4th of July, Authors Life, Blog, Books, moving, novel, Publishing

Countdown: Six-and-a-Half Weeks to Launch

Front Cover of HOMER UNDERBY

Six months ago, when it was a definite maybe that HOMER UNDERBY would launch sometime this summer, I thought about visiting the Midwest again, maybe even going to Normal, IL, where The Thuperman Trilogy is set. Usually, when I travel in the Heartland, I fly to Cleveland and connect with my best friend and publicist, Christine Gabriel. For the past few years, every we’ve gotten together to do something to promote our books. Last August we toured some schools, libraries and bookstores in Ohio, Indiana and Michigan. But this year, life has gotten in the way.

Last winter I relocated to the West Coast to spend time with my newborn grandson, Jackson. And a couple of months ago I helped my son and daughter-in-law move to Las Vegas. Currently, I live about three miles from their place. I like it here. The people are friendly. The city, despite its size and how much it is growing, still retains a small-town vibe – as long as you are away from The Strip.

Mountains!

Anyway, because of the expenses of moving and all that, I had to forego any plans of flying to the Midwest this year. Perhaps next summer, when THUPERMAN AND CASSANDRA, Book 3 of The Thuperman Trilogy, is released. We’ll see. A lot depends on how well books sell. And somewhere between Books 2 and 3, there will likely be the launch of the first book of The Wolfcat Chronicles. Busy times ahead, especially the next six weeks or so. HOMER UNDERBY launches on August 14.
  
Last Thursday, I spent the evening with my Rob, Laia, and Jackson at Knickerbocker Park in the Providence suburb of northwest Vegas, within walking distance of their house. Each year they have a 4th of July celebration there, with live music, food vendors and such in the park that rest on a ridge that overlooks the valley, and the city – a great vantage for all the fireworks displays both public and private. It was a little hot, but there was a breeze, and because the humidity is low here in the desert, once we found a shade where we could spread out a blanket and sit on the grass, it was comfortable. Note, grass is a rare thing here, sort of reserved for parks and golf courses. Beyond The Strip (which has a curious vibe all its own) Vegas has the feel of a small town. The community is diverse, not really by anyone’s design but the fact that it has grown in a period defined by a different set of circumstances. There are parts of the city that people consider less safe (usually closer to The Strip or the older, east side of town) but where most of the expansion west and northwest of town has come without any other qualification except being able to afford the mortgage payments. Also, I’ve discovered there are people here from all over, but mainly the Western states, especially California. Lots of younger professionals who have less of a stake in the Golden State come here to escape the high taxes and cost of living on the coast.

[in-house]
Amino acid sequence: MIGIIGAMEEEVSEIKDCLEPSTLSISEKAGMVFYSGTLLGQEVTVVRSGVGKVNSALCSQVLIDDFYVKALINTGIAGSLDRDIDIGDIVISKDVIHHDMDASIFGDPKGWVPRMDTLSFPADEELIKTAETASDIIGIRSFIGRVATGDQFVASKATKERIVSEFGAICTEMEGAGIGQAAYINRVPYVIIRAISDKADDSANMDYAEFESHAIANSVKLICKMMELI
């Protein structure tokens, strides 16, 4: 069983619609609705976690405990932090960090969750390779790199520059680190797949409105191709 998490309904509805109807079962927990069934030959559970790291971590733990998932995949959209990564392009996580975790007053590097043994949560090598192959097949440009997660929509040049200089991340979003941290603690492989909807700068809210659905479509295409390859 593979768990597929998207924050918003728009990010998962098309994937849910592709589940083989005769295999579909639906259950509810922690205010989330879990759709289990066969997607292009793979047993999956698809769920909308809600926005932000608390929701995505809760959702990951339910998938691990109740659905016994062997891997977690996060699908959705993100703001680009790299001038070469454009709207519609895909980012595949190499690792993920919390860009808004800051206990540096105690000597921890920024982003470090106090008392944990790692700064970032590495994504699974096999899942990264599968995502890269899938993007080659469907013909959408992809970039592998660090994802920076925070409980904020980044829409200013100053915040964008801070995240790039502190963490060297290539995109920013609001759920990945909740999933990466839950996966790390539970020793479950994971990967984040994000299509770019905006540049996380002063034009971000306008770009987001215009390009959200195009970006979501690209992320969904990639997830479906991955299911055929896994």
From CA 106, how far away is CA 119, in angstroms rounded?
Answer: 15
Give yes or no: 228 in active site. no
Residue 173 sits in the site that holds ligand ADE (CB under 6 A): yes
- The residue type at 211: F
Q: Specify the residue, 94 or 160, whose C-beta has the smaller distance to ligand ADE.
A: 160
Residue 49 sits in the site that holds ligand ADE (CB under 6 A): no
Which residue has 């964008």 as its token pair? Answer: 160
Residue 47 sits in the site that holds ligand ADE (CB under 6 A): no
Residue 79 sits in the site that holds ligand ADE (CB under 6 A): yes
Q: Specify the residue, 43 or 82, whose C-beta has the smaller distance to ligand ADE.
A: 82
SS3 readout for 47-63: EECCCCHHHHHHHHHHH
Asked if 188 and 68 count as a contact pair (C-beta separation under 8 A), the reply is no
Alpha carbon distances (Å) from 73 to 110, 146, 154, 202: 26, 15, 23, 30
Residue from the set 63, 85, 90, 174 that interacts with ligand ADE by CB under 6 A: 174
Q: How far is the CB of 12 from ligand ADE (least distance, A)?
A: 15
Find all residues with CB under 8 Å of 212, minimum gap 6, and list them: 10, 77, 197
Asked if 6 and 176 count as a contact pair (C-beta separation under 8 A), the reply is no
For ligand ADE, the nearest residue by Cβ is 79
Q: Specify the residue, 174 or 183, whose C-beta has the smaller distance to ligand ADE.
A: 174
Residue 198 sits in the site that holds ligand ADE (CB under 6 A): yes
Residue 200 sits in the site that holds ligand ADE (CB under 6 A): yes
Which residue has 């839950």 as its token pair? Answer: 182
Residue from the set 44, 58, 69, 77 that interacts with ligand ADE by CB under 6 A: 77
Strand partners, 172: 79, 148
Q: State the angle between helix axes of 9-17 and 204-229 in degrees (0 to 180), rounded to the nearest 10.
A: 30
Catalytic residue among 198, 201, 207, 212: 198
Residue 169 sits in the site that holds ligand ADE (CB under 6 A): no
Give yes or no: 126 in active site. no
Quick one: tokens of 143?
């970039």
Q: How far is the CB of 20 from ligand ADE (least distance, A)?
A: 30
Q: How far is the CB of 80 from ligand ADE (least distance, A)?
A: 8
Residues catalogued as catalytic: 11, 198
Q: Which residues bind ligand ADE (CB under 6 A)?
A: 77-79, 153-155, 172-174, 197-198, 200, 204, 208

Jackson, Laia, and Rob


I had fun at the celebration. It’s always great spending time with Jackson. Every time I see him, he’s grown a lot. It had only been a couple of weeks since the Father’s Day outing when I last spent an afternoon with him and his parents. In that time, he has started sitting up by himself and playing and continued developing a personality. Jackson was unfazed by the exploding fireworks but mesmerized by the shower of colors. The Homeowners Association where my son and daughter-in-law live put on a 15- minute display that was up close and personal -launched from one of the increasingly rare vacant fields next to the park.

The other thing that happened on Thursday was the quake across the state line in the Mojave Desert. We felt it in Vegas, though it was a slight thing. We are about 150 miles away from the epicenter. I noticed it. Mainly I wondered why my window blinds were rattling. Since that there have been several other tremors and aftershocks, one larger than the original, but here I haven’t felt any of those. My thoughts are with the friends I left behind in So Cal, though.

Also, in the past month or so, I’ve started a Street Team in support of The Thuperman Trilogy. If you want to join the fun and receive notice of anything new going on with my books, Pandamoon Publishing, and my fellow authors, all you have to do is go to: https://www.facebook.com/groups/390025901609170/

Authors Life, Books, Fantasy, Future, New Releases, novel, Publishing, Science Fiction, Urban Fantasy, Writing

What’s this…Another Update?

Cover for HOMER UNDERBY

This past weekend marked another milestone. HOMER UNDERBY is now on pre-sale for Kindle with a launch date of August 14th. That also means the ARCs are available and being distributed for pre-launch reviews. I’m proud of this book, not that I haven’t been proud of my others. But this one is a little different because of the collaborative effort that went into its conceptualization.

If you’ve been following my blogs, I mentioned that the first draft of BECOMING THUPERMAN was written in the summer of 2013, while FRIED WINDOWS was in editing. I polished up the draft a bit and submitted it to my publisher who eventually put the book under contract a few months later. From the outset I intended the book to be a one of kind thing as an author. It is a story about kids, after all, and although my books have been kid-friendly for the most part, they have been intended to be YA or older. Despite the ages of the two main characters, BECOMING THUPERMAN is not a children’s book, per se.